The Saab Story Chapter 2: 1965-1989
The story of my favorite car brand
A facelifted Saab 96, 95, and GT850/Sport/Monte Carlo arrived for the 1965 model year, with the Sonett sports car returning for 1966. The second generation Sonnet, also referred to as the Saab 97, used a box frame and a fiberglass body, achieving a low weight of 710 kilograms (1,565 pounds). It was powered by an 841-cc two-stroke three-cylinder engine producing just 59 horsepower, but could hit 100 KPH (62 MPH) in 12.5 seconds. Those are modest figures today, but it was a hugely successful racecar at the time. The Sonett II was low-volume, with just 258 produced by mid-1967.
Saab Sonett V4
In 1967, Saab began to use the 1.5-liter 65-horsepower Ford Taunus V4 in all four models. The 0-60 time of the 96 fell by 9.6 seconds to 16; the 0-60 time of the Sonett did not change, but the Sonett V4 could hit 99 MPH (159 KPH) compared to the Sonett II's 93 (150). To meet the SCCA's requirements, Saab made 70 Sonett V4s in 1967, 900 in 1968, and 640 in 1969 for a total of 1,610 units. Most Sonett V4s were exported to the US, where it had an MSRP of $3,500 (£2,500, €2,746), which is $27,337 (£21,373, €23,456) today. The Sonett V4 sported safety features such as three-point seatbelts, a roll bar, and whiplash-preventing high-back bucket seats. The GT850 was dropped after 1968, with the Sonett V4 following suit the next year. Saab merged with Scania to form Saab-Scania in 1969.
On November 22, 1967 in Stockholm, Saab unveiled the 99, a compact executive vehicle intended not as a replacement for the 96, but rather as the uplevel model in the range. It introduced the design language that would be used on the iconic 900 later on, which could look stubby or sleek depending on the angle at which it was viewed. Unlike the 96, the 99 was available in multiple body styles: a 2-door coupe, a 4-door sedan, a 3-door hatchback (Combi Coupe), or a 5-door Combi Coupe. Most versions were equipped with the 85-horsepower 1.7-liter engine from the Triumph Dolomite, albeit with a Saab-exclusive Zenith-Stromberg carburetor. A 95-horsepower 1.9-liter engine replaced it in 1971. A 118-horsepower 2.0-liter engine arrived for the 1972 model year in the 99 EMS (Electronic Manual Special), which was capable of 0-62 MPH in 11.6 seconds. 99s produced from 1971 onward received the world's first headlight washers and wipers, with heated seats arriving in 1972.
Saab Sonett III
The Sonett returned as the Sonett III in 1970 with several cosmetic updates; the rear window now opened by itself rather than being a full hatchback and the mandate of a bulge-less hood with a small opening preventing full engine access except for a major service were among them. In order to adapt to US tastes, the gear level was moved from the steering column to the floor and dealer-installed air conditioning became an option. Unfortunately, increasingly stringent regulations in the US meant that a power decrease ruined the performance and gaudy 5-MPH impact bumpers ruined the looks. Disappointing sales, accelerated by the 1973 fuel crisis, led Saab to discontinue the Sonett for good in 1974 after a total of 8,368 Sonett IIIs were sold. US export of the 96 and 95 ended in 1973.
Saab 99 Turbo
The one-millionth Saab was produced in 1976. 1977 saw the arrival of the 99 Turbo, which featured a 143-horsepower 2.0-liter turbocharged engine with an advanced lag-reducing turbocharger that helped it achieve a 0-62 MPH time below ten seconds, a first for Saab. By the time production of it ended in 1981, 10,607 had been sold worldwide. 1978 was the final year for the 95, with 110,527 sold; 1980 was the final year for the 96, with 547,221 made.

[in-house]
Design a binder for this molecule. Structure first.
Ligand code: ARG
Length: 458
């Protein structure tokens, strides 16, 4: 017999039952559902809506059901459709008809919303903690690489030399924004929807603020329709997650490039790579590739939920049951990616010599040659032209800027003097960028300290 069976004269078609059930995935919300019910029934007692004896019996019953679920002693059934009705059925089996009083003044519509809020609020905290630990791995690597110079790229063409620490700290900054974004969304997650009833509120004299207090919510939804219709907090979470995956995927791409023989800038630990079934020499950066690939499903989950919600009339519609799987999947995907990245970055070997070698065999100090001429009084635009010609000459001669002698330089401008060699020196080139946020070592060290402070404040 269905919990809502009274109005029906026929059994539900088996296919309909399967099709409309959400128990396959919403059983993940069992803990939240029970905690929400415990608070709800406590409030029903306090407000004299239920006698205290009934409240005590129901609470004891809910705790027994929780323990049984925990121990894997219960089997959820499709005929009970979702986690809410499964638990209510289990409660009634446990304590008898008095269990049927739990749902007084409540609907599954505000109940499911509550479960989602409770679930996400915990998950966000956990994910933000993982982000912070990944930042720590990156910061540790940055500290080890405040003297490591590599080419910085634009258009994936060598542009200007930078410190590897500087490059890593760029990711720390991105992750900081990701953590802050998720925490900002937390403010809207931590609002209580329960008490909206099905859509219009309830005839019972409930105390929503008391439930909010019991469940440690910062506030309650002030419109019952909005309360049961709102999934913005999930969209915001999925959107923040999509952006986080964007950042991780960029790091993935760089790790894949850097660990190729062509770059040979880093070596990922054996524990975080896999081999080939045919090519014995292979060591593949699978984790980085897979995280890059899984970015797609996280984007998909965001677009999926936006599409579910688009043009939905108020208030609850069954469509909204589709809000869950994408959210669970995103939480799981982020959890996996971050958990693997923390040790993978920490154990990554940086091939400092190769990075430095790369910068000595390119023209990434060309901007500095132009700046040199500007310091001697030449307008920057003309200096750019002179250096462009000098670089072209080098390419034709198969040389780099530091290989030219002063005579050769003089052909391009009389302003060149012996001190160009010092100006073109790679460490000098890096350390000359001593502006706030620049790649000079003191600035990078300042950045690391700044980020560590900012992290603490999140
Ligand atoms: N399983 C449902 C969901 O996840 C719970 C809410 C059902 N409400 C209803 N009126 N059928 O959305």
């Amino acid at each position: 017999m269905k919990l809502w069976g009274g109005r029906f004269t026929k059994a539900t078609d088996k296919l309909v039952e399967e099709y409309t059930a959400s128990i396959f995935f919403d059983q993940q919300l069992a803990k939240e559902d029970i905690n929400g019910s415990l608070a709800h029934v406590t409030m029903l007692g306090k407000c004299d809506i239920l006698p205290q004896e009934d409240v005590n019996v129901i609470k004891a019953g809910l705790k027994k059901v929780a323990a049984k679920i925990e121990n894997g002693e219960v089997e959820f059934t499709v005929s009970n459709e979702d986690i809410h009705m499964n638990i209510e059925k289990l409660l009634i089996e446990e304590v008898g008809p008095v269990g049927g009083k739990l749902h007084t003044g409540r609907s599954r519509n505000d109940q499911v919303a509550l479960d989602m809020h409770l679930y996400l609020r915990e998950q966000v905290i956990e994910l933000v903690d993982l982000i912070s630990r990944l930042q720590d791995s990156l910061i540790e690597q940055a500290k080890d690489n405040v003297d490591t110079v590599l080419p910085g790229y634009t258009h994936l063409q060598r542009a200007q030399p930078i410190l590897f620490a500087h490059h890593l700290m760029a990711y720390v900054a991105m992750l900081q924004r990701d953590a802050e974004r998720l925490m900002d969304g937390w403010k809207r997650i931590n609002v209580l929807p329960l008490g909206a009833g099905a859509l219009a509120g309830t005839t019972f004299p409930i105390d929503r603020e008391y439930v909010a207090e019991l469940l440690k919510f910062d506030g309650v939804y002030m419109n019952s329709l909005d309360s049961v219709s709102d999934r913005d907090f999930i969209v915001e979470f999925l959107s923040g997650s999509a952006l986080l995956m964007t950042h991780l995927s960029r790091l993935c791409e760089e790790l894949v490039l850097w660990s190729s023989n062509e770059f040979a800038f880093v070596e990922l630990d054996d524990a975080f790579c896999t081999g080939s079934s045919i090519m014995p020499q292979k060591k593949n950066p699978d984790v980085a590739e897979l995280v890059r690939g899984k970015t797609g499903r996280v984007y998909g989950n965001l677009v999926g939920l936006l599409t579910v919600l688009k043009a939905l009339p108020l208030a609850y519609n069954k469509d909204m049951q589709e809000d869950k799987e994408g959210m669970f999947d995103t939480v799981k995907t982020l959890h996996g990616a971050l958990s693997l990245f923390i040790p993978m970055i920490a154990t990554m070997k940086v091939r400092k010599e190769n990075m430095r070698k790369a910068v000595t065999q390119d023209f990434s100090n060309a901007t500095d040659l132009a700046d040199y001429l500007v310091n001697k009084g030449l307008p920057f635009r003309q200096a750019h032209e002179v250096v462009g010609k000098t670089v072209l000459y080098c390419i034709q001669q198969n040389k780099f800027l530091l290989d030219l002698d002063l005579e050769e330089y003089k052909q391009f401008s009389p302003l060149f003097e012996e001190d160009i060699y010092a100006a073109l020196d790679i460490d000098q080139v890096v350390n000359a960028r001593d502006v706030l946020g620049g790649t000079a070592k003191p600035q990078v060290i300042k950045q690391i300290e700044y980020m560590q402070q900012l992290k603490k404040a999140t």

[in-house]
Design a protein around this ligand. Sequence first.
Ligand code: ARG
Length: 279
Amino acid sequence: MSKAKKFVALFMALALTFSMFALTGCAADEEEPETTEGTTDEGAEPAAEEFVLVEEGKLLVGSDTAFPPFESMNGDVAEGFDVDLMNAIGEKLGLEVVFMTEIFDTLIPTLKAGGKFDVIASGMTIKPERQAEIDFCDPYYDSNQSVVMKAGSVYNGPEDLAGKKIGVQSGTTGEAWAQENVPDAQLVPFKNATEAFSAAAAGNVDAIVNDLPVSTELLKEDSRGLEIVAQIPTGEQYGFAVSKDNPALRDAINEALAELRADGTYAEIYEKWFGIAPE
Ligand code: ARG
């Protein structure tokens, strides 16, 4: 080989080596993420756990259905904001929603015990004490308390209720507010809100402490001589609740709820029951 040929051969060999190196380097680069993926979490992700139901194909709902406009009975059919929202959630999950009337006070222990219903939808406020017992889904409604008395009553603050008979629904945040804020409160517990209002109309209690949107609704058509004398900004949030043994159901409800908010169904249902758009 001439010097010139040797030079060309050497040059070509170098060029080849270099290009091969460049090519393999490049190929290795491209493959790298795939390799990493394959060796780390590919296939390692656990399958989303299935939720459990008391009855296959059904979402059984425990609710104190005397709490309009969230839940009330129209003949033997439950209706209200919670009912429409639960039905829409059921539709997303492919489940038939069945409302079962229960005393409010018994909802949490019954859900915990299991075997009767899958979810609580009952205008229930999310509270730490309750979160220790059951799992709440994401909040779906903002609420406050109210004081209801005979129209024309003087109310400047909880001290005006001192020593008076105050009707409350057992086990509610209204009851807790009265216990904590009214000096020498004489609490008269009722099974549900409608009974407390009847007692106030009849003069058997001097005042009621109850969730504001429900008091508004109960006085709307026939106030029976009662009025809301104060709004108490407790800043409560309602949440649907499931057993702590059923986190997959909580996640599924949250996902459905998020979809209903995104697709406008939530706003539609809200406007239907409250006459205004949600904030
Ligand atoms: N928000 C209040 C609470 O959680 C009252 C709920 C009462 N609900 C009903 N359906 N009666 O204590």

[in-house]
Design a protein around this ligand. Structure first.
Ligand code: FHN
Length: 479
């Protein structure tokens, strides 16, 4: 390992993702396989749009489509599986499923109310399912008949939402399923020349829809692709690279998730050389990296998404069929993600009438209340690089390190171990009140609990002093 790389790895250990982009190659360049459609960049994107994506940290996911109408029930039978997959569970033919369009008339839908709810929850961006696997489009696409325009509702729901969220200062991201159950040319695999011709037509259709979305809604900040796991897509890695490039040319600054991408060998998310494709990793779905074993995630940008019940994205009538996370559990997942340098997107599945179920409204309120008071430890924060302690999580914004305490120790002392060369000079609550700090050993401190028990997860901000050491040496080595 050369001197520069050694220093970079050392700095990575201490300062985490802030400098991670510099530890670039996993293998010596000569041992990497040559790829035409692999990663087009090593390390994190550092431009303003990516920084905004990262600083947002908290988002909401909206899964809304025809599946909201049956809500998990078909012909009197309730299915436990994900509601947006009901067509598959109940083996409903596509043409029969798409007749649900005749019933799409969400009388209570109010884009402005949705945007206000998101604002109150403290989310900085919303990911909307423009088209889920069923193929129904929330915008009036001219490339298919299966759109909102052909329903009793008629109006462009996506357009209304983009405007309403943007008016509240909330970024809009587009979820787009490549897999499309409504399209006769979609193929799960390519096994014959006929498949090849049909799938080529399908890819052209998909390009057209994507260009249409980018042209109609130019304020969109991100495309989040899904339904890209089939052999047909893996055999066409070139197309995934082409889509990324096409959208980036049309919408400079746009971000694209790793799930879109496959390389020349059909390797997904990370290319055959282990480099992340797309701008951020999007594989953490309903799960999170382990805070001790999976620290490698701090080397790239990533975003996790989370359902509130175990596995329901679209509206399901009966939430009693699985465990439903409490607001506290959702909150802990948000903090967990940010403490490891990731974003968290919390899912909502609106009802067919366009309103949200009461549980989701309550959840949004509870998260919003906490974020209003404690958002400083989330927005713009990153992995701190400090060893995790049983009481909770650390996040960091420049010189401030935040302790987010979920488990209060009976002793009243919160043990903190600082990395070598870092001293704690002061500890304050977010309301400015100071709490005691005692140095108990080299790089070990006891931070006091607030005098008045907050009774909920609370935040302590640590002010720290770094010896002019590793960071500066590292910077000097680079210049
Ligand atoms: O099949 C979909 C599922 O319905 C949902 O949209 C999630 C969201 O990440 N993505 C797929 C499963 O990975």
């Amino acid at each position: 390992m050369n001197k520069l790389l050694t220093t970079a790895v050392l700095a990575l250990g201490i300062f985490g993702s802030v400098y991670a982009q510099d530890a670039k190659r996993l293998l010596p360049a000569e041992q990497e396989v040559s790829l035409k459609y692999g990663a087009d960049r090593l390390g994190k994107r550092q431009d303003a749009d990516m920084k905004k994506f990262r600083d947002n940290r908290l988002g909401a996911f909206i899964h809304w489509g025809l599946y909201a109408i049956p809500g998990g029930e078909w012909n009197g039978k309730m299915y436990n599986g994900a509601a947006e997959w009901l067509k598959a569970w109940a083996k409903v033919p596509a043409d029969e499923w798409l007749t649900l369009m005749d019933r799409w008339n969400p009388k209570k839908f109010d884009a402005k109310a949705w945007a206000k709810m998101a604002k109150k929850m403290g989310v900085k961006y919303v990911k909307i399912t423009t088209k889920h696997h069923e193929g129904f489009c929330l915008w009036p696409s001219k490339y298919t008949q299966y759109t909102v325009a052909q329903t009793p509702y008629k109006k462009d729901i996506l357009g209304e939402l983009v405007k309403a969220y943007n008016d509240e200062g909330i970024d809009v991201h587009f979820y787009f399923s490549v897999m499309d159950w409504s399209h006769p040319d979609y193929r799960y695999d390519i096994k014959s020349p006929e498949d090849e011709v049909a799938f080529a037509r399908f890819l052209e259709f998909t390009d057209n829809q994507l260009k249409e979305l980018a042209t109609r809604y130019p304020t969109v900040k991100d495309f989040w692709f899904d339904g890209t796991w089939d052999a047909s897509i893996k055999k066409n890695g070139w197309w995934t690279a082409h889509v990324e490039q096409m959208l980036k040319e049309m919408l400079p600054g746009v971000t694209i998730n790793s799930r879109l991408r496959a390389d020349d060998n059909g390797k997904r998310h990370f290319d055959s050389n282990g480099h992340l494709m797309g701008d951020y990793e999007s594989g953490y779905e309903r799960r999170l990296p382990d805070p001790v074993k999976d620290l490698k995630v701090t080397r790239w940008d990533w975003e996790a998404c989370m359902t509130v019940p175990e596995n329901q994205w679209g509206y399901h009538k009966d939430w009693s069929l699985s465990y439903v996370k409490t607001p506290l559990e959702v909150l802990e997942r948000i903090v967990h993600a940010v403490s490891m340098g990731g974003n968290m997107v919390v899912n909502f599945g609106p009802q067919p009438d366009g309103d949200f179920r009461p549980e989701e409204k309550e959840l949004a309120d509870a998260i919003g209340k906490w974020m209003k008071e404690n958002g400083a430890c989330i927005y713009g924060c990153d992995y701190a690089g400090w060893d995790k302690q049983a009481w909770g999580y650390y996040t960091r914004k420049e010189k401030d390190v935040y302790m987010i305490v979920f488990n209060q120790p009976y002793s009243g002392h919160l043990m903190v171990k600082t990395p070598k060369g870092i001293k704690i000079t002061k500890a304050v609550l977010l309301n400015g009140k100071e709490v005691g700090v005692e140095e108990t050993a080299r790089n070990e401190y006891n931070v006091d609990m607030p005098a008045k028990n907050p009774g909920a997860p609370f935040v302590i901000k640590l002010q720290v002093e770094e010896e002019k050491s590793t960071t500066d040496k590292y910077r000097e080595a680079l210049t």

On May 12, 1978, Saab revealed the 1979 900, which was larger than the 99, but had the same body styles. To help with weight distribution, the engine was mounted at the front of the car, with the transmission (technically a transaxle) directly beneath it. Double-wishbone front suspension helped to deliver excellent handling and a comfortable ride. A curved, almost-vertical windshield and thin A-pillars delivered spectacular visibility and the also-curved dashboard was designed to keep everything that the driver used the most closest to the driver to prevent excessive diversion of eyes off the road. Saab's unique door design not only improved ingress and egress, but also prevented water and debris from collecting and possibly entering the cabin. Orthopedic seats and a pollen/air filter were optional. A convertible was introduced in 1986 and would soon account for roughly 20% of annual sales.
A partnership between Saab and Lancia saw the arrival of the Saab-Lancia 600 in 1981, a rebadged Lancia Delta sold exclusively in Sweden until 1987. Of the mere 6,419 sold, just 159 are left, with 12 still being daily driven.
Much more successful was the 9000, introduced in 1984 and created in a partnership with Fiat and Saab that also brought the Fiat Croma, Lancia Thema, and Alfa Romeo 164. That year, the 99 was replaced the by the 90, which was a 900 from the A-pillar backward and a 99 from the A-pillar forward; it was discontinued in 1987 after just 25,360 had been sold; 588,643 99s were sold. A facelifted 900 replaced the 600 and 90.
The 9000 was designed with a greater emphasis on safety, with improved front and side impact protection compared to the Croma. It was available as either a four-door sedan or a five-door hatchback. From 1988, all 9000 trim levels were equipped with Saab Information Display, which showed fuel consumption, range, alternator output voltage, outside temperature, and lowest battery voltage during ignition. If the outside temperature fell between −3 and 3 °C (27 to 37 °F), the temperature display automatically issued a "black ice" warning. The system could also detect if a door was open or if an exterior light needed servicing. Pyrotechnic seat belt tensioners for the front seats were introduced in 1988.
Saab 900 convertible
End of chapter 2